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While I generally agree this would be plagiarism, in some circumstances it would not - and not only in the allusion case (see @JonathanHayward 's answer).

Specifically, if you believe and have the author's concurrence that part of the article is folklore, or should not be considered an integral part of the article somehow and not really attributed to the author, then it's possible you're not committing plagiarism.

But you really should:

  1. Apply common sense, whilebut
  2. Always erringerr on the side of caution = the side of citation

Note also that you can make a qualified citation, e.g.

\footnote{This is discussed in Prof's John Smith's monograph on
the Frobincation of Bars \cite{JSFrob}, but blah blah blah}.

While I generally agree this would be plagiarism, in some circumstances it would not - and not only in the allusion case (see @JonathanHayward 's answer).

Specifically, if you believe and have the author's concurrence that part of the article is folklore, or should not be considered an integral part of the article somehow and not really attributed to the author, then it's possible you're not committing plagiarism.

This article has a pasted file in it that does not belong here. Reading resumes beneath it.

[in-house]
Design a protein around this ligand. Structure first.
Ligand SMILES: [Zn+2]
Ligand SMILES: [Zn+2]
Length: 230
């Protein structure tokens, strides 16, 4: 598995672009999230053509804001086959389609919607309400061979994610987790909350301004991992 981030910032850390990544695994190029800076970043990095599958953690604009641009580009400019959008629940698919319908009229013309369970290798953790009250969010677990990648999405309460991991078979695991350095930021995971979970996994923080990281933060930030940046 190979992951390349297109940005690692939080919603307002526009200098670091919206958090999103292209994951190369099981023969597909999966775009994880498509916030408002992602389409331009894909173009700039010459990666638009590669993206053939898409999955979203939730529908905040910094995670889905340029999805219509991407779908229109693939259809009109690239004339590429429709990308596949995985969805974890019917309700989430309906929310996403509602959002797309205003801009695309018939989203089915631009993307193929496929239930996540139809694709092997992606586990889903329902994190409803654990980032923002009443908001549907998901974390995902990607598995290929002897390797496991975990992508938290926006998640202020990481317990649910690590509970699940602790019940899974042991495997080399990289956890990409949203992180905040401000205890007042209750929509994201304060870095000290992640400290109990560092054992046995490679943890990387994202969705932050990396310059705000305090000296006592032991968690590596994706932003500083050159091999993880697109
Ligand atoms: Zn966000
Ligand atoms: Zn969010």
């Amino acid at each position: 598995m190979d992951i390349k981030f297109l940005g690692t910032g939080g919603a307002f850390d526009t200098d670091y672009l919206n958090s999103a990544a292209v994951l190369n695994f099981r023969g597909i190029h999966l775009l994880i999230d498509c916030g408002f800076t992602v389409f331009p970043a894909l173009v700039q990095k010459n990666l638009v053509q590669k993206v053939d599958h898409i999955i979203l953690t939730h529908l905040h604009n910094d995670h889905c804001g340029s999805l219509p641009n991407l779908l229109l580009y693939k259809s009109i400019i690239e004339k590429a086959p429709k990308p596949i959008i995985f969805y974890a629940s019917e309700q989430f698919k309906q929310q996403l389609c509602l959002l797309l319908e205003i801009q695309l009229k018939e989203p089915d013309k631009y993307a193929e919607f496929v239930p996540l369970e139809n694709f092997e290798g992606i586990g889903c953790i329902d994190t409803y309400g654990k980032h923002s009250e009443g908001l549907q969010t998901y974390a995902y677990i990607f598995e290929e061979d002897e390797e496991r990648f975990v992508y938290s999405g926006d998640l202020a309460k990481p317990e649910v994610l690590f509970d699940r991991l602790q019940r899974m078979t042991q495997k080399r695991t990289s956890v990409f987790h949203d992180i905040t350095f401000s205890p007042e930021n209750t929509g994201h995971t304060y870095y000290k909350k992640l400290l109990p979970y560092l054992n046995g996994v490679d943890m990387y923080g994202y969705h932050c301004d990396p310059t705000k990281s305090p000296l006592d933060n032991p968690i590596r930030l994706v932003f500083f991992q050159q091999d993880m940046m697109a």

But you really should:

  1. Apply common sense, while
  2. Always erring on the side of citation

Note also that you can make a qualified citation, e.g.

\footnote{This is discussed in Prof's John Smith's monograph on
the Frobincation of Bars \cite{JSFrob}, but blah blah blah}.

While I generally agree this would be plagiarism, in some circumstances it would not - and not only in the allusion case (see @JonathanHayward 's answer).

Specifically, if you believe and have the author's concurrence that part of the article is folklore, or should not be considered an integral part of the article somehow and not really attributed to the author, then it's possible you're not committing plagiarism.

But you really should:

  1. Apply common sense, but
  2. Always err on the side of caution = the side of citation

Note also that you can make a qualified citation, e.g.

\footnote{This is discussed in Prof's John Smith's monograph on
the Frobincation of Bars \cite{JSFrob}, but blah blah blah}.
1
source | link

While I generally agree this would be plagiarism, in some circumstances it would not - and not only in the allusion case (see @JonathanHayward 's answer).

Specifically, if you believe and have the author's concurrence that part of the article is folklore, or should not be considered an integral part of the article somehow and not really attributed to the author, then it's possible you're not committing plagiarism.

But you really should:

  1. Apply common sense, while
  2. Always erring on the side of citation

Note also that you can make a qualified citation, e.g.

\footnote{This is discussed in Prof's John Smith's monograph on
the Frobincation of Bars \cite{JSFrob}, but blah blah blah}.